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Hairy eggplants grow in small clusters on a stout, vining perennial bush that reaches heights of just over one meter. The stems, leaves, and branches are covered in a fine layer of prickly hair, much like the fruits themselves. The small round eggplants first appear green, but then ripen to a yellowish- orange color and are approximately 1.5-2 centimeters in diameter. The inner pulp is pleasantly floral and tangy with a seedy texture that gives it a crunchy bite that pops. Although we may treat eggplants like a vegetable, many East Asian cultures would call the Hairy eggplant a fruit due to its sweet and sour passion fruit-like flavor.
The Hairy eggplant is available sporadically year-round in its native tropical climates.
The Hairy eggplant is a member of the Solanaceae or Nightshade family and botanically classified as Solanum stramonifolium. It is a tropical Southeast Asian native that is also known as Sour eggplant in English as well as a host of aliases in other native languages, including: Coconilla, Bura-Bura, Bolo maka, Cocochat, Pupu, Tupido, Pimpla and Tupirito. The small hairy fruits are sometimes seen in markets cleaned of their spiny exterior, or even as a frozen product in ethnic grocery stores.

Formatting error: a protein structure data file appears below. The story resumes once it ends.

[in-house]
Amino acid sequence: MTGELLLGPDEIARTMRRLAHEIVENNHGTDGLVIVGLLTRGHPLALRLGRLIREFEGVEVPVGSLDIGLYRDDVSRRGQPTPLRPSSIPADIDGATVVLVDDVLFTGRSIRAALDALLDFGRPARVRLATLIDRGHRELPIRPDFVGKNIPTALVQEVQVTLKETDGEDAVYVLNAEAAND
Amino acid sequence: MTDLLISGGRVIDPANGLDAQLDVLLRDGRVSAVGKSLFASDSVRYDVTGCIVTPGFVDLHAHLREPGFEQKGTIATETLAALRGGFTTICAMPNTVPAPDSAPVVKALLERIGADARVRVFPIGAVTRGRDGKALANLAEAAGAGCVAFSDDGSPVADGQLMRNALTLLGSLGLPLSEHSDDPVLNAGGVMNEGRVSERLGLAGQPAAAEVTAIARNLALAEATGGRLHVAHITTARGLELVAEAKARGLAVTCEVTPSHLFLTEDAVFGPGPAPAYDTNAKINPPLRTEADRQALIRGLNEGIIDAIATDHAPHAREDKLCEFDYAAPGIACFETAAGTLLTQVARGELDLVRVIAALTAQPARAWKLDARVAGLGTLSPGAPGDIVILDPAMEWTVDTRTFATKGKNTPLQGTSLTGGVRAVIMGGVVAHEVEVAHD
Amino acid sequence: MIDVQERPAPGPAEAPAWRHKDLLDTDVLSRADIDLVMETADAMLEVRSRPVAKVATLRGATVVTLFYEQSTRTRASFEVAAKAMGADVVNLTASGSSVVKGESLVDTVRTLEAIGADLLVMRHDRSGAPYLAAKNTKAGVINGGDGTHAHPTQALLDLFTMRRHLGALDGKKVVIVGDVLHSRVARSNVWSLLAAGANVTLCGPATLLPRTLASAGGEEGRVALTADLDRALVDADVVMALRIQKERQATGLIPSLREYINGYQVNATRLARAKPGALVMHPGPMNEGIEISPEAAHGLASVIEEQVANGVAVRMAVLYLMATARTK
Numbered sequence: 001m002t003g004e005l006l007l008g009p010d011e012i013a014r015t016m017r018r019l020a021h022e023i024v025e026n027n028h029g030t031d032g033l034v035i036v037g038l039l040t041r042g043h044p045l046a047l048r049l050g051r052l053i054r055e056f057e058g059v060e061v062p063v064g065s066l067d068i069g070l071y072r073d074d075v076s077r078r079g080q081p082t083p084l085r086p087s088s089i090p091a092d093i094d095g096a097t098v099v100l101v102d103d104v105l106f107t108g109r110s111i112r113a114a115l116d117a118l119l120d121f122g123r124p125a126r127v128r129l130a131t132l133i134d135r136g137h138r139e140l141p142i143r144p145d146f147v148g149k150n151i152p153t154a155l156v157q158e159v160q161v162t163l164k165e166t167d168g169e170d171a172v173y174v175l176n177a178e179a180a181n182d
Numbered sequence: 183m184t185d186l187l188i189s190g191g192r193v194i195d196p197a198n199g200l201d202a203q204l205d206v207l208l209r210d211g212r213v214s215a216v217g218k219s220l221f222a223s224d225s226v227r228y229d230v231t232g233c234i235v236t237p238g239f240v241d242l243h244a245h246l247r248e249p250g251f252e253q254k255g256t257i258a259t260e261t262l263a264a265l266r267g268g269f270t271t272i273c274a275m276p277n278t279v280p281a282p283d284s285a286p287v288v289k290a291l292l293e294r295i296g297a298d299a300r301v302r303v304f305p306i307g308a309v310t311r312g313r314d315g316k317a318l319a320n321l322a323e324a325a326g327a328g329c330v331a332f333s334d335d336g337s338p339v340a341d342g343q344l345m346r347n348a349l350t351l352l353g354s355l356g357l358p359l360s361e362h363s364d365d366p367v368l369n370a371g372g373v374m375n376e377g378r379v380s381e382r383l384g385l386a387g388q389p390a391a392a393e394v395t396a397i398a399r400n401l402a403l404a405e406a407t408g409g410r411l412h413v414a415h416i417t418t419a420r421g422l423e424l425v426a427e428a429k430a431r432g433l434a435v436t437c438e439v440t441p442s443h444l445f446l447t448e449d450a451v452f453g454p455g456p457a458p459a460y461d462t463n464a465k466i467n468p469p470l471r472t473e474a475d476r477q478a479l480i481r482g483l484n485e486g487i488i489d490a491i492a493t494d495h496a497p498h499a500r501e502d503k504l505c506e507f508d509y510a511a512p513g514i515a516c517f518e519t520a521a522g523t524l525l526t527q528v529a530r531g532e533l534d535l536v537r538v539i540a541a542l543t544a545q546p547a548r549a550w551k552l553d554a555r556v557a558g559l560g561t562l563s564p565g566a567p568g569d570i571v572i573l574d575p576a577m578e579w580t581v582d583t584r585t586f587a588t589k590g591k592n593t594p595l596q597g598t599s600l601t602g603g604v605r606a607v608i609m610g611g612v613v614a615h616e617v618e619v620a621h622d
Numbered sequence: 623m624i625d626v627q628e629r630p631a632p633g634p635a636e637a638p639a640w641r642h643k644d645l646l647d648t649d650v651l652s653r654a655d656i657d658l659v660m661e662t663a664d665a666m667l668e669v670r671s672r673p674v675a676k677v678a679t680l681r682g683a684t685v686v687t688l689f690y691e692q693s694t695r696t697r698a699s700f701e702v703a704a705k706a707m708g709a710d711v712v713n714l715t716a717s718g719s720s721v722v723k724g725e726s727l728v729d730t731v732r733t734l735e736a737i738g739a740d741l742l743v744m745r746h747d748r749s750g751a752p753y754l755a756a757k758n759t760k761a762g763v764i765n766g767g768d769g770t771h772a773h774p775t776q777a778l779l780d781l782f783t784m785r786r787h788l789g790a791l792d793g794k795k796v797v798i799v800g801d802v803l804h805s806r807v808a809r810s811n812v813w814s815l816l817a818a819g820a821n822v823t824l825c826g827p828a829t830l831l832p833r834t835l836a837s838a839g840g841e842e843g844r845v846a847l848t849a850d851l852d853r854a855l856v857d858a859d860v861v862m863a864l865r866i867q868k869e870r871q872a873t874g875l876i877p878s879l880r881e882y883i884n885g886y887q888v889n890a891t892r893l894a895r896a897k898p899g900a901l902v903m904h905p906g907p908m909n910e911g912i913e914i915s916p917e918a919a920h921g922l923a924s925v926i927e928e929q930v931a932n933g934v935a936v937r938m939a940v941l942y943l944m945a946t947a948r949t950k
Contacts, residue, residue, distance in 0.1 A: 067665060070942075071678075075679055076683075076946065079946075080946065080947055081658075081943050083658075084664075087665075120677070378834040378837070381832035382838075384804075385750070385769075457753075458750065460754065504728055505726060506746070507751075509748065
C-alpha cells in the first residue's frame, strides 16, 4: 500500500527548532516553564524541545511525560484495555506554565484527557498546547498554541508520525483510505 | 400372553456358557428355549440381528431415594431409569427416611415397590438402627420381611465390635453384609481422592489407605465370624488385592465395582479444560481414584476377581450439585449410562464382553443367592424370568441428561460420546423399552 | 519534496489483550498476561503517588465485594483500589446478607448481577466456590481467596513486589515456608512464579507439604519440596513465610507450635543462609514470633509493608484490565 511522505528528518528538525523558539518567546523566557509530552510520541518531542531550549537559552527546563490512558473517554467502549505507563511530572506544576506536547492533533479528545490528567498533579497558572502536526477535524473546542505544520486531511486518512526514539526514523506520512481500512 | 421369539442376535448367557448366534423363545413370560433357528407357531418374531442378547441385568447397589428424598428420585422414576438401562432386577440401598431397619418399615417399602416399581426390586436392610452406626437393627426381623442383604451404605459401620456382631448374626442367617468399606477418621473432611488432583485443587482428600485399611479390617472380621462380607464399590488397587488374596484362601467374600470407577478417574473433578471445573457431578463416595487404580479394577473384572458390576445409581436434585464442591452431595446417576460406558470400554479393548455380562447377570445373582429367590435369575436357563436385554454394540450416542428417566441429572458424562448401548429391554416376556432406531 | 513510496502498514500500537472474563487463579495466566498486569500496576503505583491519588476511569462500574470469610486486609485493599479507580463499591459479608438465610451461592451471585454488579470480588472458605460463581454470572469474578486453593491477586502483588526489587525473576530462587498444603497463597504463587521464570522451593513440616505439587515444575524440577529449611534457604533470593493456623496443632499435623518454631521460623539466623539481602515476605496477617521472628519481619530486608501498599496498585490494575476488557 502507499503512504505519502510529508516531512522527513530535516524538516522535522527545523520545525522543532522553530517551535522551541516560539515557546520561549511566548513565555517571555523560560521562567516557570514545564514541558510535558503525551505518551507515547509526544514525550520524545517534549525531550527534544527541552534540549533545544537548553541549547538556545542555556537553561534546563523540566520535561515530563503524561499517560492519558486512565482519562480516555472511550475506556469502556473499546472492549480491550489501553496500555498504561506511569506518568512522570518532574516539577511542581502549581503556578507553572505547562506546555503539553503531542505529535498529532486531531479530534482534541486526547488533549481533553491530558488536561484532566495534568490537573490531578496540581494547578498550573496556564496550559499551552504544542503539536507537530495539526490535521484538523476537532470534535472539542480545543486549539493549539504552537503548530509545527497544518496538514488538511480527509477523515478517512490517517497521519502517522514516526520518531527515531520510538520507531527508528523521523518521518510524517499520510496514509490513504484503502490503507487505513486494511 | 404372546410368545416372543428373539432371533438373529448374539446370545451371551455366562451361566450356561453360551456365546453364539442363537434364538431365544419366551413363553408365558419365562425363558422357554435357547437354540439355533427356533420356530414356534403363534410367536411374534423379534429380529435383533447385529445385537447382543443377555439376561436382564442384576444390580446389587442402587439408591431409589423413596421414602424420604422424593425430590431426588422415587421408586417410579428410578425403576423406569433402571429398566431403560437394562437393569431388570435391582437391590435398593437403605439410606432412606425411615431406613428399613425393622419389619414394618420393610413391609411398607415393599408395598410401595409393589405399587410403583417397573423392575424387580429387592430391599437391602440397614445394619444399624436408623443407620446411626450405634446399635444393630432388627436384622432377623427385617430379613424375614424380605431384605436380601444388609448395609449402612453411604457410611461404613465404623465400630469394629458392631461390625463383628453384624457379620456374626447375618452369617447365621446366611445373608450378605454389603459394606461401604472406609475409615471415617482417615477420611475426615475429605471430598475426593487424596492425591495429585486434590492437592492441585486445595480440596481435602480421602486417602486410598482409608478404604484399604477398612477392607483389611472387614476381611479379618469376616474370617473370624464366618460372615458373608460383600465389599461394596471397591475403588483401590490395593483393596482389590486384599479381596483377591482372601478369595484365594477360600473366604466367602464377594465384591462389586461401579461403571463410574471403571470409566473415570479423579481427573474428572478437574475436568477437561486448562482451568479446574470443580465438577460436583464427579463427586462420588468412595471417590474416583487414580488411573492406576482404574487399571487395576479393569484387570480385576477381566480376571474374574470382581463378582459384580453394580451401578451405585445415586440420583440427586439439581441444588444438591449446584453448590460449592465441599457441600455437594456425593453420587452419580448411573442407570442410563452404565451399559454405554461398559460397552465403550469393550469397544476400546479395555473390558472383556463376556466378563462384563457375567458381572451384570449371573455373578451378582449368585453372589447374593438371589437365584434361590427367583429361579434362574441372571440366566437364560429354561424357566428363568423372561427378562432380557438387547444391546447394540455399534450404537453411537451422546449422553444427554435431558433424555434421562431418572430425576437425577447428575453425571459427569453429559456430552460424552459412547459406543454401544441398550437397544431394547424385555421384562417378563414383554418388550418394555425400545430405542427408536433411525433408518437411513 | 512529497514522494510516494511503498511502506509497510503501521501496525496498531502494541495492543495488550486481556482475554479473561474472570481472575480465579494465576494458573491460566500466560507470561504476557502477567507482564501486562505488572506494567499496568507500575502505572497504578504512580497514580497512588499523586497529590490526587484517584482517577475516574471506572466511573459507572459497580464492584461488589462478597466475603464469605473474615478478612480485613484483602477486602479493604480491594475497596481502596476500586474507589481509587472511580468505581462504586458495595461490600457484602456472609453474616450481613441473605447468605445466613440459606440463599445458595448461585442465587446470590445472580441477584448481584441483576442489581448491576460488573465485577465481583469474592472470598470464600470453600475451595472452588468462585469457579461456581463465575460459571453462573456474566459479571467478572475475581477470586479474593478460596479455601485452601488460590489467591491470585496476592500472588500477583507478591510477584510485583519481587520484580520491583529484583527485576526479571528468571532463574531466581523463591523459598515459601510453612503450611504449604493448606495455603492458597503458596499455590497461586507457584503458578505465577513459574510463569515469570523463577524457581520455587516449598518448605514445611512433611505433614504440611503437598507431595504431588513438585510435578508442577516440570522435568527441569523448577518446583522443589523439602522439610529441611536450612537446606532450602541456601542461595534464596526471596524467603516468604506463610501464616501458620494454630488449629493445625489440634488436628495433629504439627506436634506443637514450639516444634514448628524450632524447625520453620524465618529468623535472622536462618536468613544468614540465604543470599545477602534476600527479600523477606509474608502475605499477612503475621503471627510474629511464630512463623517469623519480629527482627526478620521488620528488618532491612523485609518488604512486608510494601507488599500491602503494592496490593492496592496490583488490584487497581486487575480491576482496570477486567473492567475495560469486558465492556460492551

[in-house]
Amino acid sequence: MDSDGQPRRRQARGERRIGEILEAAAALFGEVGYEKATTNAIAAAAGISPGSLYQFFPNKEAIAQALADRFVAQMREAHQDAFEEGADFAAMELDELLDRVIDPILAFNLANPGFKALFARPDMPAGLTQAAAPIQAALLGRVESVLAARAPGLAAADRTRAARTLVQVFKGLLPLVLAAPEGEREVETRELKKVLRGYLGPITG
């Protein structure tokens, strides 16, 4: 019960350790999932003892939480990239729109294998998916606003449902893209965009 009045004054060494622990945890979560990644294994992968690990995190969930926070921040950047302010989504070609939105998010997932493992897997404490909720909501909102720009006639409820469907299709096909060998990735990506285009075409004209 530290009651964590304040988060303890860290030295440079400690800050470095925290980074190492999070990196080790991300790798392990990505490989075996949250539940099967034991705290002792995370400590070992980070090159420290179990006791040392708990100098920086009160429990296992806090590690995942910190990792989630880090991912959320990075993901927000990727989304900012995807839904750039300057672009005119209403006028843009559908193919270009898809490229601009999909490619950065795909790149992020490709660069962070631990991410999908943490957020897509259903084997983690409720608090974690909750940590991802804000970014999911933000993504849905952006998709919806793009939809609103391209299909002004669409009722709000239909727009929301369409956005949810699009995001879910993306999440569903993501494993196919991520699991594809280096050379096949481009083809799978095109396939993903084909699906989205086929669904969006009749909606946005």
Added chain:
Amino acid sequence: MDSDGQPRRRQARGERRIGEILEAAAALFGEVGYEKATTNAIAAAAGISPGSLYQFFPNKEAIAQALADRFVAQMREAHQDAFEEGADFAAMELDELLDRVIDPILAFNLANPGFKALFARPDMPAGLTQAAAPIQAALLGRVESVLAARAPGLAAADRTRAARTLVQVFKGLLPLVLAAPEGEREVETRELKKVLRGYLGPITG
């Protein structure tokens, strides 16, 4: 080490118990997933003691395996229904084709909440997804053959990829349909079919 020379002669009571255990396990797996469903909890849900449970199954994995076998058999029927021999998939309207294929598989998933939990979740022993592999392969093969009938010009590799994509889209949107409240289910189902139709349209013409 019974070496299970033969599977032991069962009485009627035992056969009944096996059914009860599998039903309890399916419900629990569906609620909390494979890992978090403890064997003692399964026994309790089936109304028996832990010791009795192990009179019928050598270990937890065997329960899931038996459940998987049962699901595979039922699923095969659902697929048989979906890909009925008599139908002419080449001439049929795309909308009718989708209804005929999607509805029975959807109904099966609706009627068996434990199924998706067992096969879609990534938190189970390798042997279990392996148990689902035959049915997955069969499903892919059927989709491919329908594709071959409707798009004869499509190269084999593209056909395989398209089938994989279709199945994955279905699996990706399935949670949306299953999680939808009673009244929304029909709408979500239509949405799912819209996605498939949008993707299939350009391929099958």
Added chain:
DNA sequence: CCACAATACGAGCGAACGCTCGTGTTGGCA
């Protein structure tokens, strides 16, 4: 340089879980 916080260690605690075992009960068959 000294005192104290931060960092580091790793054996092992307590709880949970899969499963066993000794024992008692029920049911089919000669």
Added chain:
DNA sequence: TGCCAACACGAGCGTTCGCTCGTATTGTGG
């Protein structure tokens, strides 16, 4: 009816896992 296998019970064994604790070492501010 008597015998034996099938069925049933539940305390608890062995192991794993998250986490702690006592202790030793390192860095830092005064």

Hairy eggplant may be eaten raw by themselves or cooked in dishes to add a touch of piquant sweet and sourness. The thin exterior skin is edible once the “hairy” layer is shaved off but most recipes call for just the juicy, seedy pulp. Much like one would use passion fruit, simply slice the fruits in half and squeeze or scoop out the inner flesh. Hairy eggplant is often used as a finishing condiment and paired with nam prik kapi (shrimp paste 'dip'). Its sweet and sour flavor profile also compliments curries rich in coconut milk or a simple plate of rice.
In Suriname, the Hairy eggplant is used for splenic trouble and both the fruits and leaves are used to stimulate the urine discharge.
Origins of the Hairy eggplant have been traced to the West Indies, but the plant has since been naturalized throughout most of Southeast Asia. The plants have even become prolific in everyday front-yard gardens. They require full-sun and moist soils in climates where temperatures stay well above freezing, as the plants are extremely frost tender. New varieties of Hairy eggplant have been developed that have thorn free vines and leaves and therefor easier to handle.
Recipes that include Hairy Eggplant. One is easiest, three is harder.
|Eating Asia||Hairy Eggplant Condiment|